Norwalk is a great place to live, work and visit; but there is room for improvement that's the consensus of a group of business leaders and officials from Salem, Ohio.
Downtown needs an upscale restaurant. Zoning confusing with industry, mixed housing levels and recreation areas jumbled together. Directions and signs important locations hard to find. But overall a friendly town with great potential is still priceless.
Under the First Impressions Community Report Program adapted by Ohio State University Extension offices, teams from Salem and Norwalk made incognito visits to each other's cities to give each community a look at itself through the eyes of visitors.
The Salem team first visited Norwalk in February, 2006. They visited Norwalk again Wednesday to report their findings to about 30 people, including city and county officials, department heads, members of the Main Street Board and the Norwalk Economic Development Corporation, business leaders and interested citizens.
"They did a good job," Mayor Sue Lesch said. "They reinforced the good things we have. They also highlighted some weaknesses we knew we had to work on and pointed out some things maybe we need to think more about."
Lesch said the Norwalk team reported its findings to Salem citizens about a month ago. Jim Wiedenheft, economic development director for Huron County, organized the exchange program and data was collected and organized by OSU.
The Salem team, consisting of the chamber of commerce executive director, four business people and the director of the public library, spent five hours driving and walking around Norwalk during the middle of the day on a Wednesday.
They then developed a 20-page report for Norwalk officials and business leaders. The report gives detailed quotes from each Salem team member, but doesn't identify which person gave each quote.
Aside from the limited choices for eating downtown and not enough diversity in retail stores, the Salem team members heaped praise on the downtown district. They loved the clean sidewalks, wide Main Street and the attention to details such as color and trim that the downtown revitalization project encouraged.
"The downtown business area is very impressive," one quote said. "Banners are eye-catching, as are brick sidewalks."
The Salem team said they couldn't find any newer, upscale housing developments with homes in the $250,000 range. Lesch attributed that to the fact that the team had only five hours in Norwalk and no local guides. She pointed out that Norwalk has several developments such as Sycamore Hills, Executive Estates and Eagle Creek to fill that housing niche.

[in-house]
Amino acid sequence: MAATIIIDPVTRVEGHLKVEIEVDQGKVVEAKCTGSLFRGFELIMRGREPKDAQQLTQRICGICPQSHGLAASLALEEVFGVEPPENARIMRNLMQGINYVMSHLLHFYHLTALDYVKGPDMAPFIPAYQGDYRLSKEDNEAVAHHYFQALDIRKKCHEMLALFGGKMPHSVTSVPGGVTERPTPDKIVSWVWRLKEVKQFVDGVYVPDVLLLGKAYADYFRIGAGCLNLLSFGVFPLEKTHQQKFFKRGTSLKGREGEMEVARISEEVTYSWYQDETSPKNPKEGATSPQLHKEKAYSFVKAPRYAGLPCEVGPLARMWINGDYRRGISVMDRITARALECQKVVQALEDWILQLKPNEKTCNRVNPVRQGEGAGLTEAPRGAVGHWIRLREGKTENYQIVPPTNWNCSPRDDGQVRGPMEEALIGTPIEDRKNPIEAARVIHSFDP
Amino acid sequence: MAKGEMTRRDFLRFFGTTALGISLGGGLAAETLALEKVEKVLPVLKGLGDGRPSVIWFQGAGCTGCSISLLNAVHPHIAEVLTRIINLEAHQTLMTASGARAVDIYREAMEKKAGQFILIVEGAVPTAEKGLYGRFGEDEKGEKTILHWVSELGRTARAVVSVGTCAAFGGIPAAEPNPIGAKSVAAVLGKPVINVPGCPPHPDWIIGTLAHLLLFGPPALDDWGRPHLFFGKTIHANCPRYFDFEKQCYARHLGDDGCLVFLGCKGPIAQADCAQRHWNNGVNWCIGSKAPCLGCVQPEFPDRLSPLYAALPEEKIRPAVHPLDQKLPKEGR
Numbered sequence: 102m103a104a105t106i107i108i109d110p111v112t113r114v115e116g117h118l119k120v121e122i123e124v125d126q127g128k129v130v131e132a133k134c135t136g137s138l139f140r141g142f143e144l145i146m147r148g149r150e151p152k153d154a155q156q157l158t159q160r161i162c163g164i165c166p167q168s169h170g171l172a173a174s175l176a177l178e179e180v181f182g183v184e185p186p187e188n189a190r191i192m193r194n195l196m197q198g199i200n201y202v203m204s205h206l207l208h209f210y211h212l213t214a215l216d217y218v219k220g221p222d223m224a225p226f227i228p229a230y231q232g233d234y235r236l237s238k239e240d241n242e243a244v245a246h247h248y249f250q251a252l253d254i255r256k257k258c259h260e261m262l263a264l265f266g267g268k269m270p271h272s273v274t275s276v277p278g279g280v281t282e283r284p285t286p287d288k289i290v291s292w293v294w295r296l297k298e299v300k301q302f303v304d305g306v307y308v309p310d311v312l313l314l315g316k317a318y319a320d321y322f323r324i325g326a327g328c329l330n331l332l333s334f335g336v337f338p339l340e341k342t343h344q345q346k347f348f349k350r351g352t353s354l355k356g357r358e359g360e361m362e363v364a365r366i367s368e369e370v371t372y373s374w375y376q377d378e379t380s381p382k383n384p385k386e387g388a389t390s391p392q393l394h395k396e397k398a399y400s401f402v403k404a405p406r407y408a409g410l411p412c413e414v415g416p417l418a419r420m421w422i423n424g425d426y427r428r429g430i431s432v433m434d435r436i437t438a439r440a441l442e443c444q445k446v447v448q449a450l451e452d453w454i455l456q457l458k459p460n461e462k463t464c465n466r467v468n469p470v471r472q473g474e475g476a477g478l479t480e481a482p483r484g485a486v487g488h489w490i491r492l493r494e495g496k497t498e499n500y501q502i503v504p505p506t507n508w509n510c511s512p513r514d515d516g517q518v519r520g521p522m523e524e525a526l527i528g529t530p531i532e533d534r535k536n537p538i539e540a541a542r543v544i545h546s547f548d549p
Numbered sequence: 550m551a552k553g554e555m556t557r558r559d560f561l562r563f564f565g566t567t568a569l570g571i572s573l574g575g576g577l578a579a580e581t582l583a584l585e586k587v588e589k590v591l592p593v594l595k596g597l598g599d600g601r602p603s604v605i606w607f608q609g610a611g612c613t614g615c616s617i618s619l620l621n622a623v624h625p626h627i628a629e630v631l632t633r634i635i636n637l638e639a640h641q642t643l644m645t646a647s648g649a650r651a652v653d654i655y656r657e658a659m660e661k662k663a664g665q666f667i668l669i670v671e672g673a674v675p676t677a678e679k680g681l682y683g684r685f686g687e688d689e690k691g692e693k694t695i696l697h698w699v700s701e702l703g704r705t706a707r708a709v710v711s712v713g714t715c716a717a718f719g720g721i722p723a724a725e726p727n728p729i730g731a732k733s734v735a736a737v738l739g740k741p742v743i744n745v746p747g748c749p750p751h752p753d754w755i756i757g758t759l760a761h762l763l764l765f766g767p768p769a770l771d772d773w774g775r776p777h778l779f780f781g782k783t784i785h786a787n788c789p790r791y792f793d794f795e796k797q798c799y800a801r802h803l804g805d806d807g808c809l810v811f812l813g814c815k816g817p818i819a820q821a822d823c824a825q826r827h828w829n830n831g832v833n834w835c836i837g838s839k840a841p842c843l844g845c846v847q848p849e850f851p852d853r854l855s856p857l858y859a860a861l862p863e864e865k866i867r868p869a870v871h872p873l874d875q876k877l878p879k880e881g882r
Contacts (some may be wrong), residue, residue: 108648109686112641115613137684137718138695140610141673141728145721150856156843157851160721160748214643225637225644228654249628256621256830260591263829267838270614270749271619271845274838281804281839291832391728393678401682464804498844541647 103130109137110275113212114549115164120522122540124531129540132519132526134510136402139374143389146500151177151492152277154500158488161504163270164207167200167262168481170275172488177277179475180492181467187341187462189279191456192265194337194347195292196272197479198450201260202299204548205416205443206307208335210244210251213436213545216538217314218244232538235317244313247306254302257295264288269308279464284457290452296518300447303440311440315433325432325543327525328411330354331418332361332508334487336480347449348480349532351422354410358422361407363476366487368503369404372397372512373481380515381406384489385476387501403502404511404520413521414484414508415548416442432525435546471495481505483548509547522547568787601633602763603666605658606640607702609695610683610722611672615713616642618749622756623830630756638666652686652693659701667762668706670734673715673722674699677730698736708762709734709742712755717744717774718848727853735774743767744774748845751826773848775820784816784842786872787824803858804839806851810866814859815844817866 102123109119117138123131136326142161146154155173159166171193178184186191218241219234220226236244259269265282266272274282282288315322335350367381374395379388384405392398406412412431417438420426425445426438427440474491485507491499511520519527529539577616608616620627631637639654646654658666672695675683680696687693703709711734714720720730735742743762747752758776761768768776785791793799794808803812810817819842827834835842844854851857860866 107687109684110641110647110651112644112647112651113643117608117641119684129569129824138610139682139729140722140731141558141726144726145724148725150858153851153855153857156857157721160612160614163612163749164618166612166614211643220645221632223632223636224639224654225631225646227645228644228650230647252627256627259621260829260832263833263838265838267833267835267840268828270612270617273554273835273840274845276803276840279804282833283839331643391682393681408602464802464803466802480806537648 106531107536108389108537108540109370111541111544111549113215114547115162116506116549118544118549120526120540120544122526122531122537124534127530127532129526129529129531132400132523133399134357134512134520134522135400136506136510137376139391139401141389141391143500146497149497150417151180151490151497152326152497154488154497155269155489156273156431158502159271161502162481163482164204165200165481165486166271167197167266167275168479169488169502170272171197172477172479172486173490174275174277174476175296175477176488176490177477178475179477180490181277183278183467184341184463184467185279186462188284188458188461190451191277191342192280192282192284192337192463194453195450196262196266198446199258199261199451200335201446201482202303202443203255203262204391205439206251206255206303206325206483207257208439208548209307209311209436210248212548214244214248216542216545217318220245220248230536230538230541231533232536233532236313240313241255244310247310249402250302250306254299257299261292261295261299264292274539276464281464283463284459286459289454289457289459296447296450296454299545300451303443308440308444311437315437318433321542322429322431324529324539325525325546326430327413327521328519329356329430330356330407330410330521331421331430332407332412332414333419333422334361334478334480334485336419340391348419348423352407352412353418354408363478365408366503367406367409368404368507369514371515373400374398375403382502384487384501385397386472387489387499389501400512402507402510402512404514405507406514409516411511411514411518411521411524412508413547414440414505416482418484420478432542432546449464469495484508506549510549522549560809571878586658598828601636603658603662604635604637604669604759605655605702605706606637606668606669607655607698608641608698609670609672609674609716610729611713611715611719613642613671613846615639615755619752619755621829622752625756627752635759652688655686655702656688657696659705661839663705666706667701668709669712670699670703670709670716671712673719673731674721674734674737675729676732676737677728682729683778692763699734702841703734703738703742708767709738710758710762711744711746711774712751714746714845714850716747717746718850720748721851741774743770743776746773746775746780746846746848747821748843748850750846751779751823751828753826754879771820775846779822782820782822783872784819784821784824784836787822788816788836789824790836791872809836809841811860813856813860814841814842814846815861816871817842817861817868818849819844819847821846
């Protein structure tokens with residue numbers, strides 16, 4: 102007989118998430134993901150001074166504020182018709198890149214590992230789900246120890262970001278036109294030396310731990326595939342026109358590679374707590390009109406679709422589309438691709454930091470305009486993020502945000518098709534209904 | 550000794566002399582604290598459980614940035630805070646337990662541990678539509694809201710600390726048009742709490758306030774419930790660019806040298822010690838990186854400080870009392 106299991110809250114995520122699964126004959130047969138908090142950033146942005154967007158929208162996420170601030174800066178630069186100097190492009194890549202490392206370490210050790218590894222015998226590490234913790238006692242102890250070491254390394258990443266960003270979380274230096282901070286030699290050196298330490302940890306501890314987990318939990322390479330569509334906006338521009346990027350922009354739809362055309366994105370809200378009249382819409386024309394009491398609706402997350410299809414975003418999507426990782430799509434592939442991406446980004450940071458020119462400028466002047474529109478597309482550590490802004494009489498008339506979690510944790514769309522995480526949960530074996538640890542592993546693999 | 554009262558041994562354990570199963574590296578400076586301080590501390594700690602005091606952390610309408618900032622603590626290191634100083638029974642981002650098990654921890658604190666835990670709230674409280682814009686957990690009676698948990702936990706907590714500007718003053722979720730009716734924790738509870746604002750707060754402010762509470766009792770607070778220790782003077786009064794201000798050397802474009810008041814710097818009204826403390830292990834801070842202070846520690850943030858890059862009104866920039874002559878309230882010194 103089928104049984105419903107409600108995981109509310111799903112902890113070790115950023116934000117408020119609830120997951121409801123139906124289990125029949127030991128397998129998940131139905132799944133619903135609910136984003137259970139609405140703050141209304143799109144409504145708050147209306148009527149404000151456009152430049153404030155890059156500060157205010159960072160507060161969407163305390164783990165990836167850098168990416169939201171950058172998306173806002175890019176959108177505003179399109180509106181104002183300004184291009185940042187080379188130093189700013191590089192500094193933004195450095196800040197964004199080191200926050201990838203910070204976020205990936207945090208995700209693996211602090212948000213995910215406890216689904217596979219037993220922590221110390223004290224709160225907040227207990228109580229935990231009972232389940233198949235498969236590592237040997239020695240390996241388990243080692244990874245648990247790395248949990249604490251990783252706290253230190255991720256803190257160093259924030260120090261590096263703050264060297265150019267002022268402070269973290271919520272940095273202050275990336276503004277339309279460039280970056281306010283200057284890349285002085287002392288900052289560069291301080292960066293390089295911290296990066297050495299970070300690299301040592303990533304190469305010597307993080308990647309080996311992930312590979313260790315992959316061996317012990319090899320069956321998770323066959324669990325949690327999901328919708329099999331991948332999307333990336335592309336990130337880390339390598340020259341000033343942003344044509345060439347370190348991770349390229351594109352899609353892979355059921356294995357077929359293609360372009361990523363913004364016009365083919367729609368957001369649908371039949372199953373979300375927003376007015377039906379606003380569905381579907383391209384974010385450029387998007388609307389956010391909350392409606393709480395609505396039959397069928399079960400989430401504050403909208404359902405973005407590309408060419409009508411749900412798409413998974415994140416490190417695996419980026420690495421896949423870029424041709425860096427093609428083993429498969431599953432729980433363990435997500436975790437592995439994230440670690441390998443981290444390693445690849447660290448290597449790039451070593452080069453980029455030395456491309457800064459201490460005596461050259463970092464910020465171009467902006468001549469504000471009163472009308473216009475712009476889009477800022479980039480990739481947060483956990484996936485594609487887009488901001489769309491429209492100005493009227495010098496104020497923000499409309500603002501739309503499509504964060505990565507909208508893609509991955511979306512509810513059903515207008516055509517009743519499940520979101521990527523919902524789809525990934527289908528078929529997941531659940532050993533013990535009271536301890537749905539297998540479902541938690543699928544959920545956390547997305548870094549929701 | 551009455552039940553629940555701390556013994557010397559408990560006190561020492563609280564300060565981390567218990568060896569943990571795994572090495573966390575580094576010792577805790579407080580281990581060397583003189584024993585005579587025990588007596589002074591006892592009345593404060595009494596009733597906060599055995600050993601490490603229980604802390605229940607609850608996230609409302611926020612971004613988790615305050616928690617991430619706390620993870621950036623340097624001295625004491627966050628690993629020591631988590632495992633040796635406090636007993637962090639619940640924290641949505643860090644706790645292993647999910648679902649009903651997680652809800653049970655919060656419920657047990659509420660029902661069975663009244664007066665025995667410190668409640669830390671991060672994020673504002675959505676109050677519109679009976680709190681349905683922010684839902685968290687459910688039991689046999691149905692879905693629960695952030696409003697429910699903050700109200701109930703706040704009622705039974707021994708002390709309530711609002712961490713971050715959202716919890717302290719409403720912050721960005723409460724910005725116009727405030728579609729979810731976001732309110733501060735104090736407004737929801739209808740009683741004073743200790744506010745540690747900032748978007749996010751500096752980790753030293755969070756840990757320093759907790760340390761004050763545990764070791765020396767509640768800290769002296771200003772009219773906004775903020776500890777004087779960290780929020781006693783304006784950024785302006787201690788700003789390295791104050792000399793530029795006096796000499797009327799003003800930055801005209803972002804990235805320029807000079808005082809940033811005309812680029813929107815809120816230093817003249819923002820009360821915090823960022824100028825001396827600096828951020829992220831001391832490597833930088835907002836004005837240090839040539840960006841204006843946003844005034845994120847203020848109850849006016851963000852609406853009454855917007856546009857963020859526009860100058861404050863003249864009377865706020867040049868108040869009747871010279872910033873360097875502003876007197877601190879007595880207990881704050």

Lesch added that the team's perspective on signs around town is valuable "both the lack of signs and areas where we might have too much clutter."
As for the Salem team's concern about zoning and the proximity of industry, housing and recreation areas, Lesch said part of that problem is unavoidable. "A lot of that is just the way the town's grown up," she said, adding the city should keep a close eye on zoning in the future.
The mayor said the Salem team's advice to build a unified program to promote local attractions such as drag racing is important. Year-round tourism promotion is also an interesting concept, Lesch added.
Even with their constructive criticism, members of the Salem team said they will be taking some tips from Norwalk back to improve their community. They admired the unique architecture and detail they saw in many Norwalk buildings. They would love to develop a Main Street program as successful as Norwalk's. The comprehensive development plan for Norwalk is serving as a guide for the plan Salem is now creating.
"We're taking a lot of the ideas that you gave us," team member Dan Moore said.
Visitors' first impressions of Norwalk
Downtown high marks for looks, cleanliness and spaciousness; lower marks for variety in restaurants and retail stores
Signs few coordinated or distinct signs to direct visitors to sites of interest; visitors found their way to Fisher-Titus Medical Center, but discovered high school and other sites by accident; government buildings such as county courthouse, airport and fire department not well-marked; not effective signs welcoming visitors to Norwalk
Housing loved large, old Main Street homes; liked availability of apartments downtown; couldn't find any newer, upscale homes
Industrial development industry spread throughout the city so concern that industry, housing and public parks and facilities not separated; great access to transportation
Zoning concern about zoning as moderately-priced housing next to manufactured homes; repeat of concern with industry, housing and recreation in "hodge-podge" arrangement
Schools impressive high school complex; neighborhood elementary schools good for community; strong parochial school presence
Tourism problem since Norwalk's two big "draws," racing and Maple City status, are not effective in winter
Suggestions from Salem team
Publicity get signs on major roads, including Ohio Turnpike, to promote Norwalk instead of just listing it as an exit; put information on Norwalk in turnpike service plazas
Downtown needs an upscale restaurant and more diverse retail stores
Housing zoning could be used to keep similar properties together and industry away from housing, parks and recreation facilities
Tourism lacks winter appeal; "build a brand" by promoting Norwalk as a destination 365 days a year; use proximity to Lake Erie, Cedar Point and other tourist destinations to advantage
Development encourage entrepreneurial spirit by getting people with vision together with investors; build on regional perspective of proximity to Cleveland, Toledo and other cities
Signs let visitors know how to get to important sites with legible signs